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Wednesday, June 16, 2021

CoWin tightens rules for slot info sharing with third parties

While the move has come amid reports suggesting the misuse of the portal’s open APIs by some coders and software programmers to set alerts and book slots, the NHA said it was done to “ensure scalability” of the platform and to prevent cyberattacks.

Written by Pranav Mukul | New Delhi |
Updated: May 17, 2021 7:27:17 am
The accused used the high-speed internet of the shop where they worked and used to try all day to book slots for those willing to pay money.

The National Health Authority (NHA) has introduced restrictions to access of CoWin portal’s vaccination slot availability information by third parties. While this move has come amid reports suggesting the misuse of the portal’s open APIs by some coders and software programmers to set alerts and book slots, the NHA said it was done to “ensure scalability” of the platform and to prevent cyberattacks.

Now, for third-party entities sourcing slot availability information from CoWin’s database, such data will be made available with a delay of up to 30 minutes. Additionally, the CoWin portal has been geo-fenced to limit access to the site from an Indian IP address. This has caused problems to non-residents trying to book a vaccination appointment for someone in India.

Prior to opening up the portal for booking of vaccine slots for the 18-44 age group, CoWin’s APIs were made open to the public to allow anyone to build a third-party portal where citizens could search for, and book vaccination slots.

In response to a query by The Indian Express, RS Sharma, NHA Chairman said: “The primary reason to implement caching (delayed availability of data) is to ensure scalability of the application to serve billions of people”. “Another reason to implement caching because of security reasons. Exposing production databases on public pages can be a security risk because someone may just write script to load this page million times during a day and overwhelm the application…This is absolutely necessary for population scale application such as CoWin,” he added.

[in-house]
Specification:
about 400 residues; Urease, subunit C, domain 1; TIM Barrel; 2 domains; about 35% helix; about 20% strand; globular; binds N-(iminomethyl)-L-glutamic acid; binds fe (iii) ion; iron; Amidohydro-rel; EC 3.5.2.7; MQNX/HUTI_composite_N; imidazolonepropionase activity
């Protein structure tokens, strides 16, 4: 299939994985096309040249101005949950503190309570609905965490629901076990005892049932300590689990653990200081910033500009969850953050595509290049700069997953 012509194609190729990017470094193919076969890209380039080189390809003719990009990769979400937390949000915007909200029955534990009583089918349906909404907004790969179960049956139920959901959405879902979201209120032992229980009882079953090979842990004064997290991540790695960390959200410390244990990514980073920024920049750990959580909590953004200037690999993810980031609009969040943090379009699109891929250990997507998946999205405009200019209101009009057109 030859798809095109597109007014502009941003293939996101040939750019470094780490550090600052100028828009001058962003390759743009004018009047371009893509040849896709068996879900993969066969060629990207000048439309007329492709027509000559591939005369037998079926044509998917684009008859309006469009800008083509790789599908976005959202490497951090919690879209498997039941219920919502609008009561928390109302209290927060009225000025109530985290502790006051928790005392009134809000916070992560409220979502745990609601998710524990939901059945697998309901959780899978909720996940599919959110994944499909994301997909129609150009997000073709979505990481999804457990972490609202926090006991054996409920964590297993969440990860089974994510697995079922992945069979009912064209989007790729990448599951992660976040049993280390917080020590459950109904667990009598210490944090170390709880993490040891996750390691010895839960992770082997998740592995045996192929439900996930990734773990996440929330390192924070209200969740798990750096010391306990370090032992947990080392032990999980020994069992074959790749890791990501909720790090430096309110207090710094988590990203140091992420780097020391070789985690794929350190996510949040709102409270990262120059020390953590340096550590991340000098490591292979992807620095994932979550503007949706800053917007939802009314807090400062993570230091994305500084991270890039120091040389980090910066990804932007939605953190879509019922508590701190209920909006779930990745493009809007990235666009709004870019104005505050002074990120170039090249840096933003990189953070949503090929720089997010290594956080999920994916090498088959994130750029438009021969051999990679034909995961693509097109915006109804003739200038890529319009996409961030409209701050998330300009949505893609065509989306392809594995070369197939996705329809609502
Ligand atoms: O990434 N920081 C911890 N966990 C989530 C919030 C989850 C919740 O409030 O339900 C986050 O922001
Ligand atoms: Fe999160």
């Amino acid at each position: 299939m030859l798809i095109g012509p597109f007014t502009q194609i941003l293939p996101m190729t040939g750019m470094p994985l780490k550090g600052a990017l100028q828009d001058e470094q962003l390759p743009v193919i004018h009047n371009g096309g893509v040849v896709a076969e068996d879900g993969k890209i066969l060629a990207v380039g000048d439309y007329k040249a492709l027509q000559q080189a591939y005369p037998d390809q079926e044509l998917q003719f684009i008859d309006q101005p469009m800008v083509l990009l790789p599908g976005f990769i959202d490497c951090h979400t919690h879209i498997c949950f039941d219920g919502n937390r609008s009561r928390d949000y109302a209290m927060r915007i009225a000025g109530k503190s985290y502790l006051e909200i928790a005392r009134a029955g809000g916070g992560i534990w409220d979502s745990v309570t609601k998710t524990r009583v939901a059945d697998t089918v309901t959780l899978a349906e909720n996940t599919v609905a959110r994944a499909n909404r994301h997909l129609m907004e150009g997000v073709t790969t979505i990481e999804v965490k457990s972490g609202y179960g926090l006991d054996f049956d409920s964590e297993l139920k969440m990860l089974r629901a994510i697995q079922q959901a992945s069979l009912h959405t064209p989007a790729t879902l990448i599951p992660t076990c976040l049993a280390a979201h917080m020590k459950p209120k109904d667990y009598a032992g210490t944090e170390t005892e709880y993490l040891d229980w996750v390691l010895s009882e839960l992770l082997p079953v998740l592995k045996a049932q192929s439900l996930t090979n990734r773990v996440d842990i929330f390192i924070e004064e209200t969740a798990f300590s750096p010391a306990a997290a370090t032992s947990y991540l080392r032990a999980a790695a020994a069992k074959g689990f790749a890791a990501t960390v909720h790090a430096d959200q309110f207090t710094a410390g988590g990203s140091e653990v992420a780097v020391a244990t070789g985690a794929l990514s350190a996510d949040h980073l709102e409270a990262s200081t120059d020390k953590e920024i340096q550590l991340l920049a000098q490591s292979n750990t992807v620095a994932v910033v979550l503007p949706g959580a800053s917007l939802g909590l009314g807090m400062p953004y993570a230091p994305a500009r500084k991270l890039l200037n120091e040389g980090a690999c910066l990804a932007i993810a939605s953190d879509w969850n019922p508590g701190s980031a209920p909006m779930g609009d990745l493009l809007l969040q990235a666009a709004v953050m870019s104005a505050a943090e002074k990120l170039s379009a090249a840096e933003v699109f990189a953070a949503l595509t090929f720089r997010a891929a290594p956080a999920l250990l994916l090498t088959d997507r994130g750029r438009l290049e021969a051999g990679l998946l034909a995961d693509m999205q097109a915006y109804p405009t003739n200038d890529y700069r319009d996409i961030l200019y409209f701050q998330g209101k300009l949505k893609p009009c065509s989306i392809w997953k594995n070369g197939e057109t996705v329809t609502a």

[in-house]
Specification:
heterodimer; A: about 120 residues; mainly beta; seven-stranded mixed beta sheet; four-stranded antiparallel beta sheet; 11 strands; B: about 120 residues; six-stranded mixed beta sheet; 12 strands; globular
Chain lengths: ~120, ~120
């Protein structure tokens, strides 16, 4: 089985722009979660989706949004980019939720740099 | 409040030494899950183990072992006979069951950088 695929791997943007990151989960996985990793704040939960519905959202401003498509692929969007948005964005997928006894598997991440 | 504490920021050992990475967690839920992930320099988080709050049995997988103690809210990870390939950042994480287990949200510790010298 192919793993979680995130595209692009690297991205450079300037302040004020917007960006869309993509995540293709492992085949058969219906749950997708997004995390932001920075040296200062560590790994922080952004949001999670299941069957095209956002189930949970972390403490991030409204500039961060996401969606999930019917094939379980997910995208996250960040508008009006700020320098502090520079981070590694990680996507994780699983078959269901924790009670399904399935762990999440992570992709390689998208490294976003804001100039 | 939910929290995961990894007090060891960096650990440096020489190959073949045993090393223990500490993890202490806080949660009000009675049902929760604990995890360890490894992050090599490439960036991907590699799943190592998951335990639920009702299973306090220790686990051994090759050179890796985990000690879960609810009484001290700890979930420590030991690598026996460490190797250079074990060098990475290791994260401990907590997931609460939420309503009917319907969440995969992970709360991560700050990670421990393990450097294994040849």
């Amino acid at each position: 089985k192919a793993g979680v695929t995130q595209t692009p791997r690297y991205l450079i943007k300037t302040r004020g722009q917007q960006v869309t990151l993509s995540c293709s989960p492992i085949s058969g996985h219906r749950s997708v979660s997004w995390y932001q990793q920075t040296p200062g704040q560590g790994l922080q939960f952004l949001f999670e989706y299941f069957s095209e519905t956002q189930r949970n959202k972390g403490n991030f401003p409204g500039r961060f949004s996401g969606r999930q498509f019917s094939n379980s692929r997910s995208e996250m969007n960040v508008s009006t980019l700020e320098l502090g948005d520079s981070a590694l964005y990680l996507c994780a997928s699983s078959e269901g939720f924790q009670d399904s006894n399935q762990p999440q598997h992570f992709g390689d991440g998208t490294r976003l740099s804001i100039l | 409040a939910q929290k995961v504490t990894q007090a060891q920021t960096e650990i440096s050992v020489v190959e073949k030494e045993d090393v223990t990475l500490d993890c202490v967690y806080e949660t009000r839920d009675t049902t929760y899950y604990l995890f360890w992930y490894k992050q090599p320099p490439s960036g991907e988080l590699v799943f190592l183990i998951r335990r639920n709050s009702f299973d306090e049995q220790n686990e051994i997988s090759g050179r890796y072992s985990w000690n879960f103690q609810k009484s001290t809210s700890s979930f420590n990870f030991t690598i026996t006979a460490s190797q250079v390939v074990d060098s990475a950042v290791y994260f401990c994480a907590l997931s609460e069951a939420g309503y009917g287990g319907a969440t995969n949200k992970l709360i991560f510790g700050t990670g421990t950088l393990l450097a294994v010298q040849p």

An open API refers to a publicly available ‘application programming interface’ (API) that provides developers access to a proprietary software application. For instance, you have a Google Maps API that integrates with food delivery or travel portal, or the UPI API used by a range of apps to enable easy payments. In this case, the NHA has allowed anyone to access a set of requirements needed to communicate and interact with the CoWin platform.

“CoWin Public APIs to find appointment availabilty and to download vaccination certificates. These APIs are available for use by all third party applications. The appointment availability data is cached and may be upto 30 minutes old. Further, these APIs are subject to a rate limit of 100 API calls per 5 minutes per IP. Please consider these points while using the APIs in your application,” the Centre’s API Setu Portal reads on the CoWin API page.

The move has come after several reports of coders and software programmers trying to exploit the open API feature of CoWin portal to access available slots. Live availability of the said information would allow programmers to set alerts for whenever a slot opened and skewed the system against those without knowledge of or access to such programs.

The geo-fencing to disallow someone from outside India accessing the CoWin portal has also inconvenienced some. The inability for international IP addresses to access the CoWin portal has also troubled some corporates, which use VPNs on their network. Because CoWin restricts foreign IP addresses, some corporates trying to book a vaccination slot for their employees have been unable to do so.

Responding to a query on the geo-fencing, Sharma said: “CoWin application is designed for vaccination and related activities of Indian citizens. Hence, it is obvious that the user base of this application is in India. It is a good industry practice to restrict the access of the application to certain geography. It achieves two things for Co-Win. First, it reduces unnecessary traffic to the application which is utmost important for CoWin, which is expected to be accessed by over a billion people. Second, restricting access also reduces potential risks of Distributed Denial Of Service (DDOS) attacks from bad actors across the globe.”

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